Post Magazine

February 2011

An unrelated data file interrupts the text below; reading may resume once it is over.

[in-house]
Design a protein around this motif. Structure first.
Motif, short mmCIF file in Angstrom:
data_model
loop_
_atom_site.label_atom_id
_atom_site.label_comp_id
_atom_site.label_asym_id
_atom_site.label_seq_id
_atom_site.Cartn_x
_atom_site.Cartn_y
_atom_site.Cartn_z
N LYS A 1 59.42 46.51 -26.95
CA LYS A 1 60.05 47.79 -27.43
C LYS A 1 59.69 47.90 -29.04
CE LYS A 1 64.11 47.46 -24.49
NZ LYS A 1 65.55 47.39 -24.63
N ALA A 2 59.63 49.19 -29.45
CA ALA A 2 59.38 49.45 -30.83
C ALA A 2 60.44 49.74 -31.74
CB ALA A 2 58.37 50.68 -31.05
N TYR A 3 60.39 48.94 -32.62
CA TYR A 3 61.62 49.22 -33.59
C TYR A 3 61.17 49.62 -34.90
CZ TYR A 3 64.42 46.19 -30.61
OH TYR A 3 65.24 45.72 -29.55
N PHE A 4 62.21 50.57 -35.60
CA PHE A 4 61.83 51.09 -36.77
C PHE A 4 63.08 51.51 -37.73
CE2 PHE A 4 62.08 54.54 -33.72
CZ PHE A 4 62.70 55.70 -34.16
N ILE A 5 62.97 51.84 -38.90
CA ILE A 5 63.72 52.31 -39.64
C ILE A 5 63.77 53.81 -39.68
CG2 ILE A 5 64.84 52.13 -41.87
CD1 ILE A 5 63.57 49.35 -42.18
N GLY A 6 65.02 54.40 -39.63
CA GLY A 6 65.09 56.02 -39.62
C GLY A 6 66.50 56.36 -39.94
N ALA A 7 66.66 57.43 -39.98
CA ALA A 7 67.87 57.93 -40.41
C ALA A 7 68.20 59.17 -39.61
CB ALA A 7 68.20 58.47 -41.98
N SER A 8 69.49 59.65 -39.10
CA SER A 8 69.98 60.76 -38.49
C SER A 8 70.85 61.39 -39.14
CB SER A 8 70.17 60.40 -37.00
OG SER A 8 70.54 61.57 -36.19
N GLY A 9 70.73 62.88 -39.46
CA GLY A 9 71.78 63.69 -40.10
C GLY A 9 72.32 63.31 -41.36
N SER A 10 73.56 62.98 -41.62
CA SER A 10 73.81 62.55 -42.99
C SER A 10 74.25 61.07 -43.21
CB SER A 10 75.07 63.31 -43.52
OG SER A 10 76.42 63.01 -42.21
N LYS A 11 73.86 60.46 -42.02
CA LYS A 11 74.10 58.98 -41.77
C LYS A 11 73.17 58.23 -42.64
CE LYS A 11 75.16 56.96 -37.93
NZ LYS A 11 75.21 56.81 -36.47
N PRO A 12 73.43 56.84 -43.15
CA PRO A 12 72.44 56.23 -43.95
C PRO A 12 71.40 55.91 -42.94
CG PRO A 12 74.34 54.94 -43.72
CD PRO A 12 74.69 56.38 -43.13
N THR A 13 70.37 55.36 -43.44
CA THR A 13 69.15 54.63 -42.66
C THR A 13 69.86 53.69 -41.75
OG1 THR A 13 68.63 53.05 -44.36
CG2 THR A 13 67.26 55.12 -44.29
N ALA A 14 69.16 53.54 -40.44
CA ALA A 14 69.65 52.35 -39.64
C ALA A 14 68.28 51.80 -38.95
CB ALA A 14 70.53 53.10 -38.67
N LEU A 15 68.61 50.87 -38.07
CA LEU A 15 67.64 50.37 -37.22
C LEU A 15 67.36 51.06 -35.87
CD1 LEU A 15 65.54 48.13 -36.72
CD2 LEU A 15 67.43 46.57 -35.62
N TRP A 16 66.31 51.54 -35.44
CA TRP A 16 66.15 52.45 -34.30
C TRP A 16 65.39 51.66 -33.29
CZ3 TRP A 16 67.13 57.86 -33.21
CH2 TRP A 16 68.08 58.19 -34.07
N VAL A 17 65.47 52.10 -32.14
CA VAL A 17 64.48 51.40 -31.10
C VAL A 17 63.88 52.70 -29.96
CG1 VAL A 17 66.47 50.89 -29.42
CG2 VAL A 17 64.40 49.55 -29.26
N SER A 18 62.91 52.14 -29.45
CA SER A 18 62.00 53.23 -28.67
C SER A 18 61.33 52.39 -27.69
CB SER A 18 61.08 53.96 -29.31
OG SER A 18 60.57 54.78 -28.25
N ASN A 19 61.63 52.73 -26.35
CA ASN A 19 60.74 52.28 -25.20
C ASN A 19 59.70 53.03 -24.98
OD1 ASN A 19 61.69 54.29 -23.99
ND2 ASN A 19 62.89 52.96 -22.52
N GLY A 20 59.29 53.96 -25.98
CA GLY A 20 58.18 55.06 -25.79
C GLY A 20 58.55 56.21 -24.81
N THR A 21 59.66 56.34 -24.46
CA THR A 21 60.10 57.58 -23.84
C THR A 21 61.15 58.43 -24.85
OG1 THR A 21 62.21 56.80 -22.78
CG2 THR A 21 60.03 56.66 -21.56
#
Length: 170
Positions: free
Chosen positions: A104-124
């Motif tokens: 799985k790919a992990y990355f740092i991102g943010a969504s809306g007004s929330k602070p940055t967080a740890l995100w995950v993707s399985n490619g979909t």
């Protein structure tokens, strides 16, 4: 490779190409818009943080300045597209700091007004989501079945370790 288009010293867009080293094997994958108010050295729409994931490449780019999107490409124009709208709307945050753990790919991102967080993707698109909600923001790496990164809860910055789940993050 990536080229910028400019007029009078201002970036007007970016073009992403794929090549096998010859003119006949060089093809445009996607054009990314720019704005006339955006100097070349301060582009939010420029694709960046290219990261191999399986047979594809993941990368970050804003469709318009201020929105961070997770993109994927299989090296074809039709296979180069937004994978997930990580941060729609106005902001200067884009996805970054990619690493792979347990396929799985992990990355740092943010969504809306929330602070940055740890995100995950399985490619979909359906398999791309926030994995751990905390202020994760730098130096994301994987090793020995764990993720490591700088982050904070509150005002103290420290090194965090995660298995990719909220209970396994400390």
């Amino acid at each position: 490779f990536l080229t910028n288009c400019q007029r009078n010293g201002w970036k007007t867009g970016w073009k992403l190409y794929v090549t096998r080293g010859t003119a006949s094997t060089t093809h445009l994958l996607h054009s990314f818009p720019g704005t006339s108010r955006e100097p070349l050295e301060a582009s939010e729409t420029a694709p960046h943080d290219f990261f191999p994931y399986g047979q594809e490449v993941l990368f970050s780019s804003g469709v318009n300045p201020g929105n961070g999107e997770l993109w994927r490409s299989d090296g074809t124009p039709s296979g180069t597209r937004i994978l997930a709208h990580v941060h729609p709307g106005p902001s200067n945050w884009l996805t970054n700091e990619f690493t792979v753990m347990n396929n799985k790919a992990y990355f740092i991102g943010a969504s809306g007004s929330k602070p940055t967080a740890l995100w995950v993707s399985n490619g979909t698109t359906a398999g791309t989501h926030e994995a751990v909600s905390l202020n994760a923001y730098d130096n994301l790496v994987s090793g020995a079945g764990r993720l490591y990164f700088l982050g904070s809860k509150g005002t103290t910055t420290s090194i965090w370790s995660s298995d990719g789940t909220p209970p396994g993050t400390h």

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Virtual stage opens at Universal bits & pieces L OS ANGELES — Universal Studios teamed up with Zoic Studios to create the Universal Virtual Stage 1. UVS1 opened in December and fea- tures a fully integrated virtual production pipeline that can take projects from pre-production through post. UVS1 ( is plex shoots,” says Jeff Berry, executive director virtual ef- fects and production services at Universal.“We are ex- cited to be able to offer UVS1 for both internal and third-party clients.Working with Zoic was an integral part of developing the facility.” “Universal asked us to put together a virtual pipeline for them based upon Zoic’s Environmental Unification System (ZEUS),” explains Mike Romey, Zoic’s pipeline supervisor.“Taking what Zoic developed for V, we worked together to make a facility where you could control the process up to the point of layout.” UVS1 allows previz to take place on pro- duction day.“The facility bridges pre and post in a fundamentally new way,” says Romey. “You can take your storyboards that you create in Maya for previz right before you started shoot- GMSopens new studio in Burbank Curb Your Enthusiasm‘s Larry David (left) with Earl Martin. B The stage is pre-rigged to work with Red One cameras and lenses, but clients can bring in their own packages if they prefer. available for both internal and third-party productions. All of the pieces on the stage are modular, so productions can choose to keep or remove elements depending on their needs. Clients can also choose to bring in their own cam- era packages and lenses.The stage is tied to Avid and Fin- cal Cut bays configured with 60TB of Isilon storage.The fa- cility also features a conference room with CineSync and RV software for global collaboration, and six artist work- stations featuring Autodesk’s Maya and MotionBuilder. “The virtual stage is a pre-rig, pre-calibrated turnkey facility designed for the most simple to the most com- ing, feed them into the computer system, work with them on set and show post what you want right away.” “The DP can see how the shots are laid out and cre- ate lighting changes,” adds Gina Fiore, Zoic’s executive producer of television.“The big part of what goes wrong with greenscreen is that the talent isn’t lit very well. When you go to integrate talent into a scene it can be- come problematic.When you can actually see the set, you can light to it and the talent. UVS1 is also very bene- ficial to talent.They are able to look at themselves in the monitor and line themselves up to the environment.” URBANK — Gray Martin Stu- dios (www.graymartinstudios. com), an audio post house based in Santa Monica, has opened a new Burbank facility. The studio is headed by Earl Martin and Richard Gray, and has provided services for MTV’s The Hills and FX’s The League.The new operation is lo- cated at 2700 Magnolia Blvd. and pro- vides convenience to clients in Bur- bank and Hollywood. GMS’s new location is already booked to do Foley for Curb Your Enthu- siasm, as well as for MTV’s The Hard Times of RJ Berger and Teen Wolf. The studio will also perform Foley and ADR for the independent film Brake, starring actor Stephen Dorff. Gear includes Avid Pro Tools|HD with Cedar noise reduction. Stuck With Hackettposted at AlphaDogs B URBANK — AlphaDogs Post Production ( has completed work on the TV pilot Stuck With Hackett for The Science Channel.The show follows metal artist/engineer Chris Hackett as he uses discarded parts to build things that can aid in survival. Korelan Matteson and Nathaniel Grouille of Sil- Cameras follow Chris Hackett on his quest to find survival materials. ver Machine Productions ( are executive producers on Hackett.The show came to AlphaDogs on a Saturday night and needed to be delivered the following Monday afternoon to allow for time to pass network quality control so it could air that Friday. The show was edited in Final Cut Pro. Sean Stack 4 Post • February 2011 was the finishing editor. Isai Espinoza completed the audio mix,working with sound that was captured in challenging desert conditions. “In a harsh environment, elements have a ten- dency to get introduced into the recording of the audio,as well as high winds interfering with the dia- logue,” notes Esponoza. Lavalier and boom microphones were used on set, allowing AlphaDogs to have alternatives when mixing on the Avid Pro Tools|HD2 system.A Dolby Media Meter plug-in was used in order to comply with broadcast specs for dialogue loudness.Waves’ Diamond bundle was also incorporated for its L2, Renaissance EQ, DeEsser and Compressor plug-ins.

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